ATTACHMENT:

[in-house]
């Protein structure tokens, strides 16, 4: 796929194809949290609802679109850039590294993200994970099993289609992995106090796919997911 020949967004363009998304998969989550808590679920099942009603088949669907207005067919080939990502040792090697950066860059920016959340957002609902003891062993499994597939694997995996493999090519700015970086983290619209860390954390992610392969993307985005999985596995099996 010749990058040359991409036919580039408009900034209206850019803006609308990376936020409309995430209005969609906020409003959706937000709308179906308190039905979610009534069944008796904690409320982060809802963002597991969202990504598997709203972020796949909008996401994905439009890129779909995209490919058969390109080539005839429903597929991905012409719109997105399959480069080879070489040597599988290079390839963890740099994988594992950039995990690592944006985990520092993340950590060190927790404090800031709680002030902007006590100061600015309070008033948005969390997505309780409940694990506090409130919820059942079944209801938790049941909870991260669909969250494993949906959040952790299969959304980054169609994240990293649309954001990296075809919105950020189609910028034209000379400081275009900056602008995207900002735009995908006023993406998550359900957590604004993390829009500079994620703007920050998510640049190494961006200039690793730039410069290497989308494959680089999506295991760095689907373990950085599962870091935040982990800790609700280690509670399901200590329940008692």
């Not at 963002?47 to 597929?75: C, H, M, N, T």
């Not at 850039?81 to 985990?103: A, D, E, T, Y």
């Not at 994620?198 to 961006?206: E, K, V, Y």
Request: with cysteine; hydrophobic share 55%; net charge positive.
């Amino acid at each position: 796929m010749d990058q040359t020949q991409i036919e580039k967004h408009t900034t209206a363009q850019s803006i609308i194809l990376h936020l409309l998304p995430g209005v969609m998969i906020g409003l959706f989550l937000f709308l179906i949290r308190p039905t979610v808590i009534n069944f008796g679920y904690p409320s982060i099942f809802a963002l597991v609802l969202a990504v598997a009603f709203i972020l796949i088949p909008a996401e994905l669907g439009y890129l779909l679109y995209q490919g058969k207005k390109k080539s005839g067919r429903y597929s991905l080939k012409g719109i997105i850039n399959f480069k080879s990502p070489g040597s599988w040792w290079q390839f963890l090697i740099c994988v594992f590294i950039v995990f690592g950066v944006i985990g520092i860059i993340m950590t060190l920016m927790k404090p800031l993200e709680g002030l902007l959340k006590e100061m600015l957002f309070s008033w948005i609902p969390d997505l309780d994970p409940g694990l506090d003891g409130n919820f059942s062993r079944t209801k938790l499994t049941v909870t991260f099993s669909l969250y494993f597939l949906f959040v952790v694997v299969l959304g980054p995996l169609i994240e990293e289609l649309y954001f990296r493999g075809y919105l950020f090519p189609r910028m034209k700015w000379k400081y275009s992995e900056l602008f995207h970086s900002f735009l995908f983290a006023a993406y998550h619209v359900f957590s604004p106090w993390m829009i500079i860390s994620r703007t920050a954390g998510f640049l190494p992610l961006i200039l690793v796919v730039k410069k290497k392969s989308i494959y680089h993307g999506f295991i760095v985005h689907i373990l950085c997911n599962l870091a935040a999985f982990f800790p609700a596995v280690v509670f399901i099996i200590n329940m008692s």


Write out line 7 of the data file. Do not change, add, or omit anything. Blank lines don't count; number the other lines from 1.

């Amino acid at each position: 796929m010749d990058q040359t020949q991409i036919e580039k967004h408009t900034t209206a363009q850019s803006i609308i194809l990376h936020l409309l998304p995430g209005v969609m998969i906020g409003l959706f989550l937000f709308l179906i949290r308190p039905t979610v808590i009534n069944f008796g679920y904690p409320s982060i099942f809802a963002l597991v609802l969202a990504v598997a009603f709203i972020l796949i088949p909008a996401e994905l669907g439009y890129l779909l679109y995209q490919g058969k207005k390109k080539s005839g067919r429903y597929s991905l080939k012409g719109i997105i850039n399959f480069k080879s990502p070489g040597s599988w040792w290079q390839f963890l090697i740099c994988v594992f590294i950039v995990f690592g950066v944006i985990g520092i860059i993340m950590t060190l920016m927790k404090p800031l993200e709680g002030l902007l959340k006590e100061m600015l957002f309070s008033w948005i609902p969390d997505l309780d994970p409940g694990l506090d003891g409130n919820f059942s062993r079944t209801k938790l499994t049941v909870t991260f099993s669909l969250y494993f597939l949906f959040v952790v694997v299969l959304g980054p995996l169609i994240e990293e289609l649309y954001f990296r493999g075809y919105l950020f090519p189609r910028m034209k700015w000379k400081y275009s992995e900056l602008f995207h970086s900002f735009l995908f983290a006023a993406y998550h619209v359900f957590s604004p106090w993390m829009i500079i860390s994620r703007t920050a954390g998510f640049l190494p992610l961006i200039l690793v796919v730039k410069k290497k392969s989308i494959y680089h993307g999506f295991i760095v985005h689907i373990l950085c997911n599962l870091a935040a999985f982990f800790p609700a596995v280690v509670f399901i099996i200590n329940m008692s």